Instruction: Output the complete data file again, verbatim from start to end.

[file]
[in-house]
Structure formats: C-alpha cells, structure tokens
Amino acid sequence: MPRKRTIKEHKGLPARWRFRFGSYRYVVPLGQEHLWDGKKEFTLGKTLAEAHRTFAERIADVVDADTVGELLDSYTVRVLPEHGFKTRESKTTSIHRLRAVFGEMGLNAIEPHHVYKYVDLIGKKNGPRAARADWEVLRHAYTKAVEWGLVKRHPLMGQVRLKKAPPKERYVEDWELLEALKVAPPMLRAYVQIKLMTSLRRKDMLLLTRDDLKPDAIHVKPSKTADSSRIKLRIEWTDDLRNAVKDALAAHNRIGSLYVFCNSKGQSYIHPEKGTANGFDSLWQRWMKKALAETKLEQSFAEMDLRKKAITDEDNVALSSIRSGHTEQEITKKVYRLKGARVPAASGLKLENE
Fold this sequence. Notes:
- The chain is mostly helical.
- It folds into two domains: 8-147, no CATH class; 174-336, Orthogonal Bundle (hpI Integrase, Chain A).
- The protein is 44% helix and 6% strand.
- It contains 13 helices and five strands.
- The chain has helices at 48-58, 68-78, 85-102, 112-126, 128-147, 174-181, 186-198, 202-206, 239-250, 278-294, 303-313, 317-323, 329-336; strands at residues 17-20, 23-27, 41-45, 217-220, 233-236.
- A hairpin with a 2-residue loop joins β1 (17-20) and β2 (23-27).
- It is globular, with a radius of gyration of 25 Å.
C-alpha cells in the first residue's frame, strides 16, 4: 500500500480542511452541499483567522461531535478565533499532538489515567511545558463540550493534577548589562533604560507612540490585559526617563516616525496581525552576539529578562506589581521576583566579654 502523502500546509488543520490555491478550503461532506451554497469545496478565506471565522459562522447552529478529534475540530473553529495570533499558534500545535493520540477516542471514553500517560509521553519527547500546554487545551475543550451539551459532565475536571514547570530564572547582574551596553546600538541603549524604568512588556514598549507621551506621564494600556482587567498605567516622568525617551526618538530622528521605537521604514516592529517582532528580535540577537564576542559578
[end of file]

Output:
[in-house]
Structure formats: C-alpha cells, structure tokens
Amino acid sequence: MPRKRTIKEHKGLPARWRFRFGSYRYVVPLGQEHLWDGKKEFTLGKTLAEAHRTFAERIADVVDADTVGELLDSYTVRVLPEHGFKTRESKTTSIHRLRAVFGEMGLNAIEPHHVYKYVDLIGKKNGPRAARADWEVLRHAYTKAVEWGLVKRHPLMGQVRLKKAPPKERYVEDWELLEALKVAPPMLRAYVQIKLMTSLRRKDMLLLTRDDLKPDAIHVKPSKTADSSRIKLRIEWTDDLRNAVKDALAAHNRIGSLYVFCNSKGQSYIHPEKGTANGFDSLWQRWMKKALAETKLEQSFAEMDLRKKAITDEDNVALSSIRSGHTEQEITKKVYRLKGARVPAASGLKLENE
Fold this sequence. Notes:
- The chain is mostly helical.
- It folds into two domains: 8-147, no CATH class; 174-336, Orthogonal Bundle (hpI Integrase, Chain A).
- The protein is 44% helix and 6% strand.
- It contains 13 helices and five strands.
- The chain has helices at 48-58, 68-78, 85-102, 112-126, 128-147, 174-181, 186-198, 202-206, 239-250, 278-294, 303-313, 317-323, 329-336; strands at residues 17-20, 23-27, 41-45, 217-220, 233-236.
- A hairpin with a 2-residue loop joins β1 (17-20) and β2 (23-27).
- It is globular, with a radius of gyration of 25 Å.
C-alpha cells in the first residue's frame, strides 16, 4: 500500500480542511452541499483567522461531535478565533499532538489515567511545558463540550493534577548589562533604560507612540490585559526617563516616525496581525552576539529578562506589581521576583566579654 502523502500546509488543520490555491478550503461532506451554497469545496478565506471565522459562522447552529478529534475540530473553529495570533499558534500545535493520540477516542471514553500517560509521553519527547500546554487545551475543550451539551459532565475536571514547570530564572547582574551596553546600538541603549524604568512588556514598549507621551506621564494600556482587567498605567516622568525617551526618538530622528521605537521604514516592529517582532528580535540577537564576542559578